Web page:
mutinous


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Related to mutinous: accurst, unyoking

mu·ti·nous

 (myo͞ot′n-əs)
adj.
1. Of, engaged in, disposed to, or constituting mutiny. See Synonyms at insubordinate.
2. Unruly; disaffected: a mutinous child.
3. Turbulent and uncontrollable: "mutinous passions, and conflicting fears" (Percy Bysshe Shelley).

[From obsolete mutine, mutiny; see mutiny.]

mu′ti·nous·ly adv.
mu′ti·nous·ness n.

mutinous

(ˈmjuːtɪnəs)
adj
1. openly rebellious or disobedient: a mutinous child.
2. characteristic or indicative of mutiny
ˈmutinously adv
ˈmutinousness n

mu•ti•nous

(ˈmyut n əs)

adj.
1. disposed to or engaged in revolt against authority.
2. characterized by mutiny; rebellious.
3. difficult to control: mutinous feelings.
[1570–80; obsolete mutine mutiny + -ous]
mu′ti•nous•ly, adv.
mu′ti•nous•ness, n.
ThesaurusAntonymsRelated WordsSynonymsLegend:
Adj.1.mutinous - disposed to or in a state of mutiny; "the men became mutinous and insubordinate"
insubordinate - not submissive to authority; "a history of insubordinate behavior"; "insubordinate boys"
2.mutinous - consisting of or characterized by or inciting to mutiny; "mutinous acts"; "mutinous thoughts"; "a mutinous speech"
disloyal - deserting your allegiance or duty to leader or cause or principle; "disloyal aides revealed his indiscretions to the papers"

mutinous

mutinous

adjective
Participating in open revolt against a government or ruling authority:
Translations
مَيّال إلى التَّمَرُّد
vzpurný
uppreisnargjarn
búriaci sa

mutinous

[ˈmjuːtɪnəs] ADJ (lit) → amotinado (fig) → rebelde
we were feeling pretty mutinousestábamos hartos ya, estábamos dispuestos a rebelarnos

mutinous

[ˈmjuːtɪnəs] adj
[troops] → mutiné(e)
[attitude, feelings] → rebelle

mutinous

adj (Naut) → meuterisch, aufrührerisch; (fig)rebellisch

mutinous

[ˈmjuːtɪnəs] adj (sailor, troops) → ammutinato/a; (attitude) → ribelle

mutiny

(ˈmjuːtini) plural ˈmutinies noun
(a) refusal to obey one's senior officers in the navy or other armed services. There has been a mutiny on HMS Tigress; The sailors were found guilty of mutiny.
verb
(of sailors etc) to refuse to obey commands from those in authority. The sailors mutinied because they did not have enough food.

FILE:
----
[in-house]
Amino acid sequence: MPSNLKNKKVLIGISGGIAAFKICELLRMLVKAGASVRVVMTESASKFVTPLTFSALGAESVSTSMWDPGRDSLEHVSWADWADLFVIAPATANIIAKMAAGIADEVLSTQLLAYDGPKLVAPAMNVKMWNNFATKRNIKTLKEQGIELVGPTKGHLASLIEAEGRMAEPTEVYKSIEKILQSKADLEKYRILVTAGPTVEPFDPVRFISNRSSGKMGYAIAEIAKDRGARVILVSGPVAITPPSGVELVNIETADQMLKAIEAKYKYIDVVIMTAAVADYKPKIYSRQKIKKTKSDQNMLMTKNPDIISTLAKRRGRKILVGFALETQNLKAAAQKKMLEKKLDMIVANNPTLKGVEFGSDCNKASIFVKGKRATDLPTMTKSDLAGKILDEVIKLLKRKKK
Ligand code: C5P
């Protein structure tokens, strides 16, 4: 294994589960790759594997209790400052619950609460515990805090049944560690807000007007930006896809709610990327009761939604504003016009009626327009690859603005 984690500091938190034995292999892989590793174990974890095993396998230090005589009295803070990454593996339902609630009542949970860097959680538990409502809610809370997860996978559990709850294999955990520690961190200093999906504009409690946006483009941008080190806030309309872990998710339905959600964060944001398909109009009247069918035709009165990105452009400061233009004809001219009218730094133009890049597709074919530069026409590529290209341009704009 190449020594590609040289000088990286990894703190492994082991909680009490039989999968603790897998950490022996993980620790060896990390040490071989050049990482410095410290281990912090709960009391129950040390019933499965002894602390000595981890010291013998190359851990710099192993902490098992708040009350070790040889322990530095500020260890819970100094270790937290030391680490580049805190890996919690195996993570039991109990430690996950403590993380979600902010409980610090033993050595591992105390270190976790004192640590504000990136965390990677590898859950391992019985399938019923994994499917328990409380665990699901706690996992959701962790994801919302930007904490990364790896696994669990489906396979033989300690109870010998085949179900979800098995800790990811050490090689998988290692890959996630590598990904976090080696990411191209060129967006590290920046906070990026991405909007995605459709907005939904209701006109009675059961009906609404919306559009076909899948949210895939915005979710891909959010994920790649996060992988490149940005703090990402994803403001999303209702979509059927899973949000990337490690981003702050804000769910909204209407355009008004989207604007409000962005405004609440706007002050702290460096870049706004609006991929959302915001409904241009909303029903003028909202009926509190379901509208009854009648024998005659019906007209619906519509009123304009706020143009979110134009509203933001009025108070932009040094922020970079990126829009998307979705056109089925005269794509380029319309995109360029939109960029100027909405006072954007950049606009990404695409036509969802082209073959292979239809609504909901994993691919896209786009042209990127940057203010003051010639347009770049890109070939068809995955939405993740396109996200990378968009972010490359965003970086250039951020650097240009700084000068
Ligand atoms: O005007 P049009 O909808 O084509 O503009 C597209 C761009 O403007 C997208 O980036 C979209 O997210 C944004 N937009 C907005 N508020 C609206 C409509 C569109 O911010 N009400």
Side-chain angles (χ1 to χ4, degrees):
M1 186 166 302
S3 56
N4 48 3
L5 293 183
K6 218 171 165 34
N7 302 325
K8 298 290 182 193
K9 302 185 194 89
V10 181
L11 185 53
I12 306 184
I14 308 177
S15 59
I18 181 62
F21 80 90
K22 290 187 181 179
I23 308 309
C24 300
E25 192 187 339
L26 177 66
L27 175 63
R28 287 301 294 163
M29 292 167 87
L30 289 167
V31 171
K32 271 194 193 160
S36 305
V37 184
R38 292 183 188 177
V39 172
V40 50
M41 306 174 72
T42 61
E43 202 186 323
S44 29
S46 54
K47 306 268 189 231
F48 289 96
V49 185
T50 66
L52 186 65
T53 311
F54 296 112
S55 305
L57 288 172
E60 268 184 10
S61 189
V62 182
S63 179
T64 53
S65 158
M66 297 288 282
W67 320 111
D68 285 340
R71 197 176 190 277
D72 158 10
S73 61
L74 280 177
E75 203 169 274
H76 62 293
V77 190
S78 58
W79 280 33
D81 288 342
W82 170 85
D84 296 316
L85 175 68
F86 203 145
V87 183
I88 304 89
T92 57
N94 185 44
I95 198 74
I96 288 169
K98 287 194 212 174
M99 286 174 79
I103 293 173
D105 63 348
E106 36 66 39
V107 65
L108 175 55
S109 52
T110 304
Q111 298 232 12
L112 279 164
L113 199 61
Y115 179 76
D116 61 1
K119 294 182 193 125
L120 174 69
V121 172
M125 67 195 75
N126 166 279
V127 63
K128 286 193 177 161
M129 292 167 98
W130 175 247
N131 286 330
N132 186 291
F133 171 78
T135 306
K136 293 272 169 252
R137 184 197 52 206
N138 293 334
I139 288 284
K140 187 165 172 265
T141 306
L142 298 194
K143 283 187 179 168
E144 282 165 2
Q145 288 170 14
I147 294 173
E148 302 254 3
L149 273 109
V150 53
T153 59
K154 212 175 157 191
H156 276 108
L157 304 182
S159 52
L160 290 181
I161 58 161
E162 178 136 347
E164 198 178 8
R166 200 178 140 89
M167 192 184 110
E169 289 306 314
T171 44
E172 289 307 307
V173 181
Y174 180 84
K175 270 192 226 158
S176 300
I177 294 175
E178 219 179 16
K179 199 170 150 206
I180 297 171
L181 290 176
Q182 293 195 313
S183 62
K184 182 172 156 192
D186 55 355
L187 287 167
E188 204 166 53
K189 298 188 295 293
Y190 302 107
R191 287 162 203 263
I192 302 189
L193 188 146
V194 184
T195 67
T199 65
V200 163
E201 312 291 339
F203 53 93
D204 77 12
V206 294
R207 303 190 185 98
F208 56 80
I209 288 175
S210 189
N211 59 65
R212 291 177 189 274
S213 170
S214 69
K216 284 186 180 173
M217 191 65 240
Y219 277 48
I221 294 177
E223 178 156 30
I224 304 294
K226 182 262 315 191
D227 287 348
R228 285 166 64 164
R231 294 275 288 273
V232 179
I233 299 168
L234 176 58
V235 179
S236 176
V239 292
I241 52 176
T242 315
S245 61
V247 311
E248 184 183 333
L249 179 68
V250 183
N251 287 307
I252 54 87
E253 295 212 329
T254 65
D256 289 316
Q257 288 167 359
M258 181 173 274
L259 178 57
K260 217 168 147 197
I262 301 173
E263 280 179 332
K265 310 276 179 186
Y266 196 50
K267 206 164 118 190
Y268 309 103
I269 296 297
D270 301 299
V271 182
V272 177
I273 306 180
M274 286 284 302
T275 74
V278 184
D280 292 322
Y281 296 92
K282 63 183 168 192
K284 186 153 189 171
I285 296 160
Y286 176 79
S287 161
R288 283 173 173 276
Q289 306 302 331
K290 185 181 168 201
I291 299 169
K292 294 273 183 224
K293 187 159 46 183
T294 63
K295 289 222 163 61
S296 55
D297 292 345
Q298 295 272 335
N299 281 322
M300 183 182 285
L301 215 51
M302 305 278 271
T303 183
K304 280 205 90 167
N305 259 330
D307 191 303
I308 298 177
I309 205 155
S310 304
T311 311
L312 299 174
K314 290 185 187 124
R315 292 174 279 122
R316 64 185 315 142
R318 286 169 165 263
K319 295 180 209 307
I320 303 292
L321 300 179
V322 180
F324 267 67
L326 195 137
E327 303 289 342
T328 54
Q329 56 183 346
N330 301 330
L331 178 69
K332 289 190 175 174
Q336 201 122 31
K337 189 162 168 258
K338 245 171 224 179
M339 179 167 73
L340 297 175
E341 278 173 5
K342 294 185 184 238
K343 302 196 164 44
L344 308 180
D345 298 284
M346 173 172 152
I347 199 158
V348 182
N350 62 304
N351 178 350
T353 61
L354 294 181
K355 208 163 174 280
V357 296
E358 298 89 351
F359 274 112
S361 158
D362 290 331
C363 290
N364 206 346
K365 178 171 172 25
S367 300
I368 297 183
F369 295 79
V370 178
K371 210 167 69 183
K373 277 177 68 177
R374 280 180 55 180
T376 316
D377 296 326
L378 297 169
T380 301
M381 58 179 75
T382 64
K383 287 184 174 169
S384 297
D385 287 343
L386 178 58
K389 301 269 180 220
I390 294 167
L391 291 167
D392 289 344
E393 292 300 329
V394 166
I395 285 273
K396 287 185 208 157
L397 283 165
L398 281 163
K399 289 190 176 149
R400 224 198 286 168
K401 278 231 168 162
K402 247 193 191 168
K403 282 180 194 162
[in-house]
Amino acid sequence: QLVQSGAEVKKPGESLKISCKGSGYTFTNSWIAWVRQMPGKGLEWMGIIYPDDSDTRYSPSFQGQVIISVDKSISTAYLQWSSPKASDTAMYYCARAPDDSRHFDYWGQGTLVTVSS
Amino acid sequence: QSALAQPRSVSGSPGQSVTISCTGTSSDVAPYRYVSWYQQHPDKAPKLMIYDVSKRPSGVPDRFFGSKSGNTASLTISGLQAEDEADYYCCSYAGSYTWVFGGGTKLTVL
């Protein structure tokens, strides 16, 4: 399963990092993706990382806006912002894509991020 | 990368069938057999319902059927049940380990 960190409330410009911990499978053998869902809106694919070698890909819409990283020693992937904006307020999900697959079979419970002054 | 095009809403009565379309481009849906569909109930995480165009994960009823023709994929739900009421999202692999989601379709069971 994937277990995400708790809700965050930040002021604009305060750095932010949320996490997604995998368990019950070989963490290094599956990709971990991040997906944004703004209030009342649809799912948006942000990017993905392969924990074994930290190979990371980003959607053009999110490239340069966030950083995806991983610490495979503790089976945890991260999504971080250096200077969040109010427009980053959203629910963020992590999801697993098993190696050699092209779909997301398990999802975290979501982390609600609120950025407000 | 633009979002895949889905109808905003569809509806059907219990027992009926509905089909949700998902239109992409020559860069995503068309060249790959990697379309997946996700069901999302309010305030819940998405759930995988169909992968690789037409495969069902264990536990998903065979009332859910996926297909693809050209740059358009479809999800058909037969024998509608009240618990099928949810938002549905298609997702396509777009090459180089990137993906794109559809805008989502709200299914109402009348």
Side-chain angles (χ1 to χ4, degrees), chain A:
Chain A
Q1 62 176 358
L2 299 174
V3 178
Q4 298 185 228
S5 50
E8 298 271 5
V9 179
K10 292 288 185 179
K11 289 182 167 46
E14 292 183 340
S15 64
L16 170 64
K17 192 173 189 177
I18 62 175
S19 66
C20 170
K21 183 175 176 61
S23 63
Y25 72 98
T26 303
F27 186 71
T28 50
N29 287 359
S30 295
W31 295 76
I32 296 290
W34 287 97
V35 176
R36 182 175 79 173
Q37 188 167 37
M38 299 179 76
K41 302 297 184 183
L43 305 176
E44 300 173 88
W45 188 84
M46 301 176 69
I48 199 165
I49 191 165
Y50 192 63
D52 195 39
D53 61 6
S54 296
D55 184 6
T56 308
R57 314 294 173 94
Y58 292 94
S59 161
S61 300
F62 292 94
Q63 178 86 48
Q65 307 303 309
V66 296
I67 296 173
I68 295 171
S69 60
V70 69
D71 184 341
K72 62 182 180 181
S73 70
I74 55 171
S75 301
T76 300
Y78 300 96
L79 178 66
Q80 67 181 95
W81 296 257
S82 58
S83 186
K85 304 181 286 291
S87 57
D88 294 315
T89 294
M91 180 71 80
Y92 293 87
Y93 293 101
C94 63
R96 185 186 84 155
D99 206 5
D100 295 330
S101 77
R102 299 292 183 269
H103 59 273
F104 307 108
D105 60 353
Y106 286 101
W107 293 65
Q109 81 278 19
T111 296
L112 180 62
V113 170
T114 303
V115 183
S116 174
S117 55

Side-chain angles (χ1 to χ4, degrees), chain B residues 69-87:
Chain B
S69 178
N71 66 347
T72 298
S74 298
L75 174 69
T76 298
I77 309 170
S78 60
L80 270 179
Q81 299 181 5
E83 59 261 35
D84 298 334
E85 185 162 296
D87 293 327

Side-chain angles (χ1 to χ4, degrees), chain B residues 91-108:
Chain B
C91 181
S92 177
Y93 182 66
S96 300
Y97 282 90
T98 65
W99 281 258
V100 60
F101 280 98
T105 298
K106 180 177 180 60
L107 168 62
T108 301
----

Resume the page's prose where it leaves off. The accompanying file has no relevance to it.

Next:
mutiˈneer noun
a person who mutinies.
ˈmutinous adjective
mutinous sailors.
References in classic literature ?
Then Gabriel shrieked out to his comrades to give way with their oars, and in that manner the mutinous boat rapidly shot away from the Pequod.
He had a secret which he was not ready to tell, yet, but if this mutinous depression was not broken up soon, he would have to bring it out.
There was a mutinous leap of the heart then, a beating of wings against the door of the cage, a longing for the freedom of the big world outside.
He walked up hill in the mire by the side of the mail, as the rest of the passengers did; not because they had the least relish for walking exercise, under the circumstances, but because the hill, and the harness, and the mud, and the mail, were all so heavy, that the horses had three times already come to a stop, besides once drawing the coach across the road, with the mutinous intent of taking it back to Blackheath.
In that supreme crisis of the empire and a human soul, when the mutinous soldiers were thronging about the royal tent and clamouring for the blood of the favourite, it was the Emperor who sent her forth -- lily pale,
It would have been dangerous, however, to continue much longer at sea with such a crew of mutinous sailors; and, besides, the Rose Algier was leaky and unseaworthy.
The same strung-up force which had given twenty-four men a chance, at least, for their lives, had, in a sort of recoil, crushed an unworthy mutinous existence.
But presently Dent brings up a poor fellow who has killed a hare, and when I've got through my 'justicing,' as Carroll calls it, I'm inclined for a ride round the glebe, and on my way back I meet with the master of the workhouse, who has got a long story of a mutinous pauper to tell me; and so the day goes on, and I'm always the same lazy fellow before evening sets in.
Of course the Irish regiments in India are half mutinous as they stand.
In that amphibious community there was always a propensity to wrest the laws in favor of riotous or mutinous boatmen.
Three weeks later, Colonel Creighton, pricing Tibetan ghost-daggers at Lurgan's shop, faced Mahbub Ali openly mutinous.
You may be quite sure that he reached the culminating point of his happiness three days before he saw the New World with his actual eves, when his mutinous sailors wanted to tack about, and return to Europe